by Solomon Crenshaw Jr.
Calling Birmingham a “hidden jewel in the South,” DC BLOX announced Monday that it will build its flagship data center on the former Trinity Steel property in Birmingham’s North Titusville Neighborhood.
Officials of the Atlanta-based provider of data center, network and cloud services said it will use 27 acres to develop 200,000 square feet of secure government-grade data center space.
The project will be up to a $785 million investment spanning the next 10 years, depending on the success of DC BLOX and Birmingham to attract marquee clients and their employees.
Rick Davis, senior vice president for economic development of the Birmingham Business Alliance, said the $785 million reflects the investment over the life of the project, including the investment of tenant companies who would lease space in the data center.
“We look at this as part of Birmingham’s infrastructure,” Davis said. “As we go forward, data is not only going to increase, it’s going to increase exponentially. Having this ability to attract companies who can put their data center in this facility, that’s a key piece for us.”
Davis added that the project could alter Birmingham for the better.
“Nobody has a crystal ball,” he said. “But the amount of investment that’s going to occur here … it could be transformative beyond anybody’s imagination. That’s what we hope will happen.”
Mark Masi, chief operations officer of DC BLOX, said it wasn’t a hard decision to come to Birmingham. It was based on data and research.
“We did a lot of study of all the economic indicators – housing, jobs, numbers of businesses, power rates,” Masi said. “Everything we learned, we experienced, reinforced the decision to come here. It confirmed the data and we’re just delighted to be here.”
The Titusville site, which has been idle for 30 years, will be the company’s largest data center.
DC BLOX officials noted the digital nature of today’s world.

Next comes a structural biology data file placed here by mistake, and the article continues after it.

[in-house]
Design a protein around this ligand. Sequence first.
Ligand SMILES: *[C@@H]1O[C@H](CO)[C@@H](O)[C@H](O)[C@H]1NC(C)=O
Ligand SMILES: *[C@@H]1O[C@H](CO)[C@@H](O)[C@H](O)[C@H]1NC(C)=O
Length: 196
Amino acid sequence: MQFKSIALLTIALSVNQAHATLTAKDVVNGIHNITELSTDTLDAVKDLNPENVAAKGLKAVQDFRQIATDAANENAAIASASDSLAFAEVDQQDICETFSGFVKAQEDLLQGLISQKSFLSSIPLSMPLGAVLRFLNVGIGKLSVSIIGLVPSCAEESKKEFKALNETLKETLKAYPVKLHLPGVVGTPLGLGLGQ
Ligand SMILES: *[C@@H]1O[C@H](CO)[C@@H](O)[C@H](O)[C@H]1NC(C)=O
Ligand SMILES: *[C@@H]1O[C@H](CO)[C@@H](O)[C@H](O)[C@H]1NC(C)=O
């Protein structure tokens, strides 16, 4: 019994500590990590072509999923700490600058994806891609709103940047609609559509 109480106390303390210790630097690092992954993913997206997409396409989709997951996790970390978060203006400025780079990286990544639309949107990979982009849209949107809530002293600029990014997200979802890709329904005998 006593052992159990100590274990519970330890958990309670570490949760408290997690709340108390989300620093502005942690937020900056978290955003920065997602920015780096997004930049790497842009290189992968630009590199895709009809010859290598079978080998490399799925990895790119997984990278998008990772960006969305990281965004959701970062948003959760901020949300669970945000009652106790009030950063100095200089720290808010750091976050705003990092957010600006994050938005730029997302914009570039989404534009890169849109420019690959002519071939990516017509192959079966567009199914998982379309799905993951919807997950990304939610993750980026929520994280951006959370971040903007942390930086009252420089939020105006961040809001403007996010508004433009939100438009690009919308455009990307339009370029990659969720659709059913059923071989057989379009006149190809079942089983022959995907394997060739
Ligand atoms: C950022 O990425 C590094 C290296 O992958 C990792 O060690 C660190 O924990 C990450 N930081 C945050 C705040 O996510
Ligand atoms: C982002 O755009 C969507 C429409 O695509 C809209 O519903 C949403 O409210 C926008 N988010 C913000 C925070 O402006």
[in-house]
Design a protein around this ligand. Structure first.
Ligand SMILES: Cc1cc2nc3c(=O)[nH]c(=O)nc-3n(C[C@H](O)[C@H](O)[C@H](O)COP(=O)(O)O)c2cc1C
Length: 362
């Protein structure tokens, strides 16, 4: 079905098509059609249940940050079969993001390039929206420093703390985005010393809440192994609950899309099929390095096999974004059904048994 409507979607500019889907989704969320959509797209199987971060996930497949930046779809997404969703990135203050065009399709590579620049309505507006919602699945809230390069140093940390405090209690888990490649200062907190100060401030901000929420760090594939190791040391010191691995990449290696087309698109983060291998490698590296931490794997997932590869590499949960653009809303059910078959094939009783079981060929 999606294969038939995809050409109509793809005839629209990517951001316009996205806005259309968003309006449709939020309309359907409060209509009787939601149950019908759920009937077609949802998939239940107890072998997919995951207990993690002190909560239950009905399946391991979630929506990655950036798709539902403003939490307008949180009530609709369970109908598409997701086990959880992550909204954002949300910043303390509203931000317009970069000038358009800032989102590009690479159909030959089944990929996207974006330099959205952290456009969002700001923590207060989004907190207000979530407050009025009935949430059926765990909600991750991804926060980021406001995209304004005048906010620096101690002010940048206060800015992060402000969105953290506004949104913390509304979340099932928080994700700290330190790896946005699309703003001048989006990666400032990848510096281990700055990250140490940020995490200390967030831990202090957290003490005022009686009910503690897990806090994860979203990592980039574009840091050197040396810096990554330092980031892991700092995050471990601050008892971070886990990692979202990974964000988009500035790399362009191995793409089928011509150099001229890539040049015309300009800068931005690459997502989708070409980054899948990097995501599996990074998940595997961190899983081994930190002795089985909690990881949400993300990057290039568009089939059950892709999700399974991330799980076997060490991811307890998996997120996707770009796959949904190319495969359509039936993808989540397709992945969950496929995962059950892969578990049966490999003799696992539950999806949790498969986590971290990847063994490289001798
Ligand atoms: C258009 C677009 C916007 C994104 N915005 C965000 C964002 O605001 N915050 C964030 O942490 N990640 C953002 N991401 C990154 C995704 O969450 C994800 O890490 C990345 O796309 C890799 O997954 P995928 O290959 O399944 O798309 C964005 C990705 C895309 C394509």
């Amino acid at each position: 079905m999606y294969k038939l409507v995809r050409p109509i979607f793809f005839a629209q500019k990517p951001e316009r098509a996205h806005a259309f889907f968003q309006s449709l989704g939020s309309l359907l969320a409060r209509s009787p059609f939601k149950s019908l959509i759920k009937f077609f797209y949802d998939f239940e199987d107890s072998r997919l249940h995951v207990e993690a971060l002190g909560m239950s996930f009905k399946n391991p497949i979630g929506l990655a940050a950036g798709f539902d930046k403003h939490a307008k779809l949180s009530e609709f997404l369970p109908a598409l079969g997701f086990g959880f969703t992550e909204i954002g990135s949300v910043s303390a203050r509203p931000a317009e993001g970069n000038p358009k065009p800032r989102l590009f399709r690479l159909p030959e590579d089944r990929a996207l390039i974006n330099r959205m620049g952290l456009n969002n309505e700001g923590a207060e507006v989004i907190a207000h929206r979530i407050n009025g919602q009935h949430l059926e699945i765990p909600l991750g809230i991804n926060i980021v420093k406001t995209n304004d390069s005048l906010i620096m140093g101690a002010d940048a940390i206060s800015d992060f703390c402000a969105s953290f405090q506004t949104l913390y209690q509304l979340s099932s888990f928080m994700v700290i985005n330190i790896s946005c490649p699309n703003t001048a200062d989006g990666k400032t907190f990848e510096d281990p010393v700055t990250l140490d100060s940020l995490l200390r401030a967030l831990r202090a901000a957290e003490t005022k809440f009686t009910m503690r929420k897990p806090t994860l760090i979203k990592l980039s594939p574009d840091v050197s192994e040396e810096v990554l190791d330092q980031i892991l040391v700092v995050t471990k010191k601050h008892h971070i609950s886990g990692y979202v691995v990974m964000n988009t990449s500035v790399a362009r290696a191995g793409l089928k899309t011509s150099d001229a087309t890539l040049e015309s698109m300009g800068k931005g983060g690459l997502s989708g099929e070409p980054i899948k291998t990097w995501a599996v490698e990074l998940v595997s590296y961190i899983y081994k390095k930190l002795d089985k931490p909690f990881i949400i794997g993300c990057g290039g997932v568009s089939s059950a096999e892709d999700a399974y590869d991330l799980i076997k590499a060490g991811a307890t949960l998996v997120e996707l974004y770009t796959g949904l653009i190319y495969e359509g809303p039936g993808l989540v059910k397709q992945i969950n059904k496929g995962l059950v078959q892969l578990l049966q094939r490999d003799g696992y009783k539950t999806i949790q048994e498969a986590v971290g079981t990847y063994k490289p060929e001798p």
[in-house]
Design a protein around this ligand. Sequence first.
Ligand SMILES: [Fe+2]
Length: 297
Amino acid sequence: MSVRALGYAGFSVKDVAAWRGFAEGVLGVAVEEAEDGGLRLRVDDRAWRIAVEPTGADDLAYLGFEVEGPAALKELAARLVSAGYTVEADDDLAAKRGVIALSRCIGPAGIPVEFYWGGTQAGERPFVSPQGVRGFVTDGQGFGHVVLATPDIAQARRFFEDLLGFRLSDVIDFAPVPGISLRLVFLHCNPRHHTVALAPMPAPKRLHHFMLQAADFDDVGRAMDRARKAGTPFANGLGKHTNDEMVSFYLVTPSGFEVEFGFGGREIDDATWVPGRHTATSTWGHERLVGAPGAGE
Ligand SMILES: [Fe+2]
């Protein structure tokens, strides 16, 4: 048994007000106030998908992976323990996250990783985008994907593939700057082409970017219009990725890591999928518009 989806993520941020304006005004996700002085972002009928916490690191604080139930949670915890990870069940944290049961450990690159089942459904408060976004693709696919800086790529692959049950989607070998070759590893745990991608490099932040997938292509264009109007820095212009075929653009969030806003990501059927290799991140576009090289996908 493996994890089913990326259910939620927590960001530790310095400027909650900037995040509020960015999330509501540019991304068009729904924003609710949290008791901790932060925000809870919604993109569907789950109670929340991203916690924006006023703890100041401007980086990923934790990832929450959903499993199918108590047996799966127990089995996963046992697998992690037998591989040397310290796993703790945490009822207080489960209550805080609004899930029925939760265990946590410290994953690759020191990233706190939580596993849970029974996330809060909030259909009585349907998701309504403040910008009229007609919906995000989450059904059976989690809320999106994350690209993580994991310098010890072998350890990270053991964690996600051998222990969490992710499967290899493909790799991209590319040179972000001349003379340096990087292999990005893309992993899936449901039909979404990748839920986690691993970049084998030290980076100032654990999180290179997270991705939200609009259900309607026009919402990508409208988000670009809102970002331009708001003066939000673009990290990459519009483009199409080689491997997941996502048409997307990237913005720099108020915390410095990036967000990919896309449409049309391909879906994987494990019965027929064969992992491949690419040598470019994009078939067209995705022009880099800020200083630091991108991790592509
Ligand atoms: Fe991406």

“We live in a tablet/mobile society,” Masi said. “All that is data and it needs to be closer to the customers. (Birmingham) was a forgotten, overlooked gem for so long.”
Jeff Uphues, CEO of the company, chimed in.
“We live in a screen society,” he said. “Every one of those screens streams content. Content needs to be closer to the end user. If you’d like to get rid of that Netflix buffering sign that’s coming across, we help do that.
“The impact that we have goes well beyond building a building,” Uphues continued. “It can enhance everybody in this market based on the screen society that we live in.”
Uphues said the company considered 40 markets to build its data center.
Ground-breaking of the multi-tenant facility will begin in August with phase 1.
Uphues said the company plans to have the facility open by early 2019.
No Puppy Palace Here
The former Trinity Steel property thus will have activity for the first time in 30 years. The property has been the subject of debate in the past year as the Birmingham Humane Society lobbied to move its operations to that location.
North Titusville Neighborhood President John C. Harris has argued loudly against the Humane Society getting the property. He said the City of Birmingham and Jefferson County each paid $1.3 million to purchase the property under the Jefferson County Economic and Industrial Development Authority for economic development.
“This is economic development,” Harris said Monday, wearing a ‘Titusville Pride’ T-shirt. “This is going to bring jobs and business into this neighborhood. Giving it away to dogs was not economic development.”